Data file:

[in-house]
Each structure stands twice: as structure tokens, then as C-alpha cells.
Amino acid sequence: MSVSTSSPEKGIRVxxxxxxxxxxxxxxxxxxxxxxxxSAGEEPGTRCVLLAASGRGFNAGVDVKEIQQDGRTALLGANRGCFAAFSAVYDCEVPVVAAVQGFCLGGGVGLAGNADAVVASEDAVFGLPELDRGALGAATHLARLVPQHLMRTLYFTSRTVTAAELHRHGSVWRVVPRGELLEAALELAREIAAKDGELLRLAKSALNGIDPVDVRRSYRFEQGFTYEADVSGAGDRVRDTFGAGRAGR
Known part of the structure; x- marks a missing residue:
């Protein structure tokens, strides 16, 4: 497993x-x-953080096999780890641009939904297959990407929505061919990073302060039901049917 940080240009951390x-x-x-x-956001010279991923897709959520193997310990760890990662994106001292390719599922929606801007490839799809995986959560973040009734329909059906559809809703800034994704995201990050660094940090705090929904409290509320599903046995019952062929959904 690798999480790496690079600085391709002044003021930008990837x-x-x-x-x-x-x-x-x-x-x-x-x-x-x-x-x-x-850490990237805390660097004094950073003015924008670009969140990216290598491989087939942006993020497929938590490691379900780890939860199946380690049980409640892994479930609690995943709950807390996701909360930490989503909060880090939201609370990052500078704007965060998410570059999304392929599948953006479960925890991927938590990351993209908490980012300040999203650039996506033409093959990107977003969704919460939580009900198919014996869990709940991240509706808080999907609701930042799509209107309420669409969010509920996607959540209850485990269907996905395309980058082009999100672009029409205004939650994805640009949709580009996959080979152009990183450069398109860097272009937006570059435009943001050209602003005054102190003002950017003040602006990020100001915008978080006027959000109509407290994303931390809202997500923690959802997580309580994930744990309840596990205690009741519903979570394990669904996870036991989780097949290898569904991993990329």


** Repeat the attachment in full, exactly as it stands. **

[in-house]
Each structure stands twice: as structure tokens, then as C-alpha cells.
Amino acid sequence: MSVSTSSPEKGIRVxxxxxxxxxxxxxxxxxxxxxxxxSAGEEPGTRCVLLAASGRGFNAGVDVKEIQQDGRTALLGANRGCFAAFSAVYDCEVPVVAAVQGFCLGGGVGLAGNADAVVASEDAVFGLPELDRGALGAATHLARLVPQHLMRTLYFTSRTVTAAELHRHGSVWRVVPRGELLEAALELAREIAAKDGELLRLAKSALNGIDPVDVRRSYRFEQGFTYEADVSGAGDRVRDTFGAGRAGR
Known part of the structure; x- marks a missing residue:
């Protein structure tokens, strides 16, 4: 497993x-x-953080096999780890641009939904297959990407929505061919990073302060039901049917 940080240009951390x-x-x-x-956001010279991923897709959520193997310990760890990662994106001292390719599922929606801007490839799809995986959560973040009734329909059906559809809703800034994704995201990050660094940090705090929904409290509320599903046995019952062929959904 690798999480790496690079600085391709002044003021930008990837x-x-x-x-x-x-x-x-x-x-x-x-x-x-x-x-x-x-850490990237805390660097004094950073003015924008670009969140990216290598491989087939942006993020497929938590490691379900780890939860199946380690049980409640892994479930609690995943709950807390996701909360930490989503909060880090939201609370990052500078704007965060998410570059999304392929599948953006479960925890991927938590990351993209908490980012300040999203650039996506033409093959990107977003969704919460939580009900198919014996869990709940991240509706808080999907609701930042799509209107309420669409969010509920996607959540209850485990269907996905395309980058082009999100672009029409205004939650994805640009949709580009996959080979152009990183450069398109860097272009937006570059435009943001050209602003005054102190003002950017003040602006990020100001915008978080006027959000109509407290994303931390809202997500923690959802997580309580994930744990309840596990205690009741519903979570394990669904996870036991989780097949290898569904991993990329």